Then I went to the tech specs page for the iPhone 4, and like rolling fog after the sunrise, all of my irritation evaporated. Back in March, I wrote this: "Apple can put a better camera in it, add more capacity, a better processor, a front-facing camera for videoconferencing, and a dozen other things -- but quite honestly, I'd be perfectly happy if none of that made it into the next-gen iPhone so long as one feature does find its way in: support for 900 MHz UMTS/HSDPA."
According to Apple's tech specs for iPhone 4 & the FCC filing, I got my wish. Read on to find out why this unsung feature is actually a really big deal -- not just to me, but to millions of potential iPhone 4 customers.
Previous iPhones worked on three UMTS/HSDPA frequencies: 850, 1900, and 2100 MHz, which are the three main GSM 3G frequencies in the Western Hemisphere. 900 MHz UMTS/HSDPA is fairly widespread in the Eastern Hemisphere, including in New Zealand -- the only wireless provider who directly sells the iPhone here in NZ, Vodafone, operates its extended 3G network at 900 MHz. With the iPhone 3G and 3GS, this meant that the iPhone was incapable of accessing Vodafone's 3G network outside of downtown areas served by 2100 MHz networks, and it had to fall back on GPRS -- which is so slow it's nearly unusable.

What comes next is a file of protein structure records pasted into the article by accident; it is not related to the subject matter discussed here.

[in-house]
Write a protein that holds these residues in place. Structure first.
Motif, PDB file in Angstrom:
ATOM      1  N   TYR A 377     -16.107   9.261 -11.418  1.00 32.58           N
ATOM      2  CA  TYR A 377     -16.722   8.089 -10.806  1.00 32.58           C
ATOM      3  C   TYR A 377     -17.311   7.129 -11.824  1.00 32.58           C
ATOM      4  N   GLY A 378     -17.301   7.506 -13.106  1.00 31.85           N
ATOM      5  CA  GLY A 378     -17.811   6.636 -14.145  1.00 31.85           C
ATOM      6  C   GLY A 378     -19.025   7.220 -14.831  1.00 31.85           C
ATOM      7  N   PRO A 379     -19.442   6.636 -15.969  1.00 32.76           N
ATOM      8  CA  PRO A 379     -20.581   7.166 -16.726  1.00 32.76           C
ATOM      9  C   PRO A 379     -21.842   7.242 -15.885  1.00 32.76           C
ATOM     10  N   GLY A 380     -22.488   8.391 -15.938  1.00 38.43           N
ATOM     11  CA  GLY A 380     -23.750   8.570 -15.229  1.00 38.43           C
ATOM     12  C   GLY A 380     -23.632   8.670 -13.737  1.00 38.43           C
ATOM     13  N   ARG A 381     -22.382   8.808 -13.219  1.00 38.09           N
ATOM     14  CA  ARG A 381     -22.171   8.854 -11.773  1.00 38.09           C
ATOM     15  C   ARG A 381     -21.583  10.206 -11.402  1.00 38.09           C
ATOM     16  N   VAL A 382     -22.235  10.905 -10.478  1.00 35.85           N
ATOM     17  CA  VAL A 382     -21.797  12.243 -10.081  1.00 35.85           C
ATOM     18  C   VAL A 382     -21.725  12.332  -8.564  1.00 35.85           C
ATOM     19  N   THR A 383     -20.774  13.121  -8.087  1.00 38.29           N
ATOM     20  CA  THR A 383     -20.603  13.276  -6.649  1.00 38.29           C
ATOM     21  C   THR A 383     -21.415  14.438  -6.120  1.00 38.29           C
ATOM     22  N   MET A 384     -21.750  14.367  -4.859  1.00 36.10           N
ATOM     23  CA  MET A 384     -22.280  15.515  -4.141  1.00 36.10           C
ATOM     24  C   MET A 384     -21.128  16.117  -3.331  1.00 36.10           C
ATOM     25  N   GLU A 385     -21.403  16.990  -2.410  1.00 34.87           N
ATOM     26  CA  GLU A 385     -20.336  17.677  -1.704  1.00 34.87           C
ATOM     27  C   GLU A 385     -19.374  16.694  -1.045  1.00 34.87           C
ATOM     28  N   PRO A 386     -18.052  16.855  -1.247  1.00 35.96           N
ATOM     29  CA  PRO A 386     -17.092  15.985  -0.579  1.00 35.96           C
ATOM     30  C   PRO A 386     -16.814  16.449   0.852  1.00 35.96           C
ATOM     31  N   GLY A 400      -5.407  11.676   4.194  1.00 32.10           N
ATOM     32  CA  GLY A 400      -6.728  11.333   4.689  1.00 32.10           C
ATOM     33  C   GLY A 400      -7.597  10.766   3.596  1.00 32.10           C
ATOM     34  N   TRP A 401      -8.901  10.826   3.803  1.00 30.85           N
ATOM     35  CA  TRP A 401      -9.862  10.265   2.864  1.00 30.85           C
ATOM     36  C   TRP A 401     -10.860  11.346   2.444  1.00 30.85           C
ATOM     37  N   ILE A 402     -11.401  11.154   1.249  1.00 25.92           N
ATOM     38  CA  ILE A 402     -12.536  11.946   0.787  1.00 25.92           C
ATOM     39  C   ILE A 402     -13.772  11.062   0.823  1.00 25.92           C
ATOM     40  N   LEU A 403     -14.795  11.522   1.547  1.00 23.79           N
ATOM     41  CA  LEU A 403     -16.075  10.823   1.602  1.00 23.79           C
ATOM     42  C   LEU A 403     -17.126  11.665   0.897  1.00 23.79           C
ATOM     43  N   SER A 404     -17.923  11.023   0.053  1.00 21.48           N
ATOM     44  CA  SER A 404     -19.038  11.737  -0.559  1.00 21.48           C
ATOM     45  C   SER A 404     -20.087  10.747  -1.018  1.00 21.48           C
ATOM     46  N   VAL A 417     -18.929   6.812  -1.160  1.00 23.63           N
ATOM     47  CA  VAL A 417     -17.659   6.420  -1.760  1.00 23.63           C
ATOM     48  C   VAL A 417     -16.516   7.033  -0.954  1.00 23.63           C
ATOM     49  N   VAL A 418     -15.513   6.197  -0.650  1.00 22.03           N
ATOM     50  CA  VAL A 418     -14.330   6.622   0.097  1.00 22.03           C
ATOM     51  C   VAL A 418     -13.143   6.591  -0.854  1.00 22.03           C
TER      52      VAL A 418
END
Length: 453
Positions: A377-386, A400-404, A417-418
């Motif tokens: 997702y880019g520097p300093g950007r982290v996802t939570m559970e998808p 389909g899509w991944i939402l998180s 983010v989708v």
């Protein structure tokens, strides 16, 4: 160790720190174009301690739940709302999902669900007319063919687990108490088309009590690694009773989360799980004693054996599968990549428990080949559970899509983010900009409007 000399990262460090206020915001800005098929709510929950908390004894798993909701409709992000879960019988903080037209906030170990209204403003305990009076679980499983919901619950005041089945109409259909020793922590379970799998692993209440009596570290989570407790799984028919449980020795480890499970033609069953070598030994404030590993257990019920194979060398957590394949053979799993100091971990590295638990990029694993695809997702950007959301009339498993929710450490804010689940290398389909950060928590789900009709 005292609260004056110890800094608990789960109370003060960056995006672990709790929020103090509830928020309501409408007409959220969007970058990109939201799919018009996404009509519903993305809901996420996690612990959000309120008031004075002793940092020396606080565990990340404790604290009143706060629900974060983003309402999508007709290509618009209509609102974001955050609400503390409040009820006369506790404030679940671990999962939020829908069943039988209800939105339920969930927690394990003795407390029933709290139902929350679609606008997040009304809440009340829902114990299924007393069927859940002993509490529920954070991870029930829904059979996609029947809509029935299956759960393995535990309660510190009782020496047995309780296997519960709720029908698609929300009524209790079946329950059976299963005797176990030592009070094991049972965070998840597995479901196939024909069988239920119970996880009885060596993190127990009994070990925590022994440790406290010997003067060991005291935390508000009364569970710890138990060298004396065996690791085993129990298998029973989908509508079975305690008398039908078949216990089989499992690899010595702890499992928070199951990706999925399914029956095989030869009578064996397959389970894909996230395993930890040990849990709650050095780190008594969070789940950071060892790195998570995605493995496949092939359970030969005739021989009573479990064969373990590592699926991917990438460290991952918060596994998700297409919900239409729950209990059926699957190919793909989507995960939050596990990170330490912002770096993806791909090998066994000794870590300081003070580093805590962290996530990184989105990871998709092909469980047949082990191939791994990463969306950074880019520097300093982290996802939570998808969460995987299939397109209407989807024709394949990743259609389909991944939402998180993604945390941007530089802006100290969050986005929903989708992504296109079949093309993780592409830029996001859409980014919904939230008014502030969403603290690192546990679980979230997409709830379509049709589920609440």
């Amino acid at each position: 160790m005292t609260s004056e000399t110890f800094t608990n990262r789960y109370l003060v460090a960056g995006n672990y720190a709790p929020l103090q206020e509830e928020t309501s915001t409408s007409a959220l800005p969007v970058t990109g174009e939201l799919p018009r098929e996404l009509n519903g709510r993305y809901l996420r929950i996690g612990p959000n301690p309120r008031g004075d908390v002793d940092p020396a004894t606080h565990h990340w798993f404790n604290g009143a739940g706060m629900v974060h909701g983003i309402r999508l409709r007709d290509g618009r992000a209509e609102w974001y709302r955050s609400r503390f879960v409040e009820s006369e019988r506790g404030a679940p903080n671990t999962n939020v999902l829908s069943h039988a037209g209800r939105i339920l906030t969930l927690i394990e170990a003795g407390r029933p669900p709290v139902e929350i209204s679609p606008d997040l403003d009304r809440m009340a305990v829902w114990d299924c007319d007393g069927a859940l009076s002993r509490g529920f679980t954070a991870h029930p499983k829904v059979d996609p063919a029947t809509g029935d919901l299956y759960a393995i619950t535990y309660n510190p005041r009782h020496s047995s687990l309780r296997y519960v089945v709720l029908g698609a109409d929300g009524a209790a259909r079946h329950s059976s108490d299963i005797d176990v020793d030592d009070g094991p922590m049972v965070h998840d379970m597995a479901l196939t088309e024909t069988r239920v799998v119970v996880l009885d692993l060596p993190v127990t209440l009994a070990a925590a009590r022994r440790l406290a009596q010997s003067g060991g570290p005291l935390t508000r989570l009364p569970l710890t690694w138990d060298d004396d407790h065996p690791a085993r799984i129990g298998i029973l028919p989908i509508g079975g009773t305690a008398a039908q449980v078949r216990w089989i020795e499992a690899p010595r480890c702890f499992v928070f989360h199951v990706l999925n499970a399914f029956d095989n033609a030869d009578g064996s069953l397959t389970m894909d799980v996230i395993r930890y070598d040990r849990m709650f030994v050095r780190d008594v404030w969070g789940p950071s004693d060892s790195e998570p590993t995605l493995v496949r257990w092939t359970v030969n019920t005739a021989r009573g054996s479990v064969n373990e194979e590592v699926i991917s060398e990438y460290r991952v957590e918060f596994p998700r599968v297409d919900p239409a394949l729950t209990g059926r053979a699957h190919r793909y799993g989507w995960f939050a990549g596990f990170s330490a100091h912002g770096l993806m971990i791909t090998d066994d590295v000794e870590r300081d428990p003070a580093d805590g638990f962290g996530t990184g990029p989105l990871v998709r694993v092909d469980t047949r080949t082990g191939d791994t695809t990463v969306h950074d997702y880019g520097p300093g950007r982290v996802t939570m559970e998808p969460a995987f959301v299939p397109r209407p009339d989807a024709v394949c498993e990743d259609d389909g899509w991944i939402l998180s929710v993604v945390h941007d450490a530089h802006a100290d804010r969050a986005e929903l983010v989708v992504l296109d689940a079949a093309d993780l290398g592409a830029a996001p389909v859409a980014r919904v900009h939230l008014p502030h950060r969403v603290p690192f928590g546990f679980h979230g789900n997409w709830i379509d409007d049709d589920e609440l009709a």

iPhone 4 has a pentaband antenna/chipset (although the Apple specs page only lists four, the FCC lists five bands), meaning it works not only on the GSM frequencies the earlier iPhones did, but it also now supports 900 MHz UMTS/HSDPA. This increases the utility of the phone by a great deal for many international users, many of whom (including me) will now have access to extended 3G networks for the first time with iPhone 4. The antenna in iPhone 4 also means it's now a true "world phone" -- with access to GSM 3G over different frequencies, iPhone 4 should be able to connect to virtually any GSM 3G network in the world now (with the notable exception of T-Mobile in the US).
It's also likely iPhone 4 will have much better wireless reception than earlier iPhones because of its construction. According to the keynote, the stainless steel side casing functions as part of iPhone 4's antenna. Hopefully this will result in far fewer instances where my "smartphone" has no coverage at all while my wife's virtually featureless "dumbphone" has two or more bars. With a universal antenna and improved wireless reception, I can easily forgive the other disappointments from today's keynote.